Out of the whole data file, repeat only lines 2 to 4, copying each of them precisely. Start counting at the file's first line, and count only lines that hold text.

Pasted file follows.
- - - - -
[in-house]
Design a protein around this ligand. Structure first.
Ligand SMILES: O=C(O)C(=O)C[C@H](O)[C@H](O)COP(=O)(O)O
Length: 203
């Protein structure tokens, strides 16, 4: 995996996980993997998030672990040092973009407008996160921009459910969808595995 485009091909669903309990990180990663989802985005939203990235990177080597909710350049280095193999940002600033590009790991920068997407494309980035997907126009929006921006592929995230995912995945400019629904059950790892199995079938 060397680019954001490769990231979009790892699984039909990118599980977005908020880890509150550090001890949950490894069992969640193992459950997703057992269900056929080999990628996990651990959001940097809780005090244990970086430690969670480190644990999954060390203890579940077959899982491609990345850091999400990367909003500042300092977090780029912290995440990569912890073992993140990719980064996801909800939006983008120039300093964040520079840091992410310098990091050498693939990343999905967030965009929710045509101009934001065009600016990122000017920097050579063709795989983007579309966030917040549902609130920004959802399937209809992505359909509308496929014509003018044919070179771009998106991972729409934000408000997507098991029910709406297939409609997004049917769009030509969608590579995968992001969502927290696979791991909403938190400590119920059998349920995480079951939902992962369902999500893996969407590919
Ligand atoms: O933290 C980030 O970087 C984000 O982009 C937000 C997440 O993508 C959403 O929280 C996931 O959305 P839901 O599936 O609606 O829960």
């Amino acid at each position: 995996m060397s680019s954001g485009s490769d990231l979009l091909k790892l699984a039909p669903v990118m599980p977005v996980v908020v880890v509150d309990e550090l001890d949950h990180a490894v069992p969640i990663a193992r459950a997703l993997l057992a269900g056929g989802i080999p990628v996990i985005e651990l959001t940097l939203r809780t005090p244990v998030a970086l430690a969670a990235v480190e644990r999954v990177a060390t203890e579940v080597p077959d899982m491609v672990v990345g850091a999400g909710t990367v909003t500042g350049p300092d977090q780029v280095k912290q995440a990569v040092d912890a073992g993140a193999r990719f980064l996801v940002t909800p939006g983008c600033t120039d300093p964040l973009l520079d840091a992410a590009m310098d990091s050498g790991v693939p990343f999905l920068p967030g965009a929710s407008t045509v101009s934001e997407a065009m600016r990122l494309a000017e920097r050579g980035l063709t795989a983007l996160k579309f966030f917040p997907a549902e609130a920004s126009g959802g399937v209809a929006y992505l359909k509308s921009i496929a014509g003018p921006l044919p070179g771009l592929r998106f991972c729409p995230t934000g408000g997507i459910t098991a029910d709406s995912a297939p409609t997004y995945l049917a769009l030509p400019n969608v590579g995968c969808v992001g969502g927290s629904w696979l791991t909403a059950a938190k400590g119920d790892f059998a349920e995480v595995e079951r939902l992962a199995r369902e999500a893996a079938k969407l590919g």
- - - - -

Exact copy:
Design a protein around this ligand. Structure first.
Ligand SMILES: O=C(O)C(=O)C[C@H](O)[C@H](O)COP(=O)(O)O
Length: 203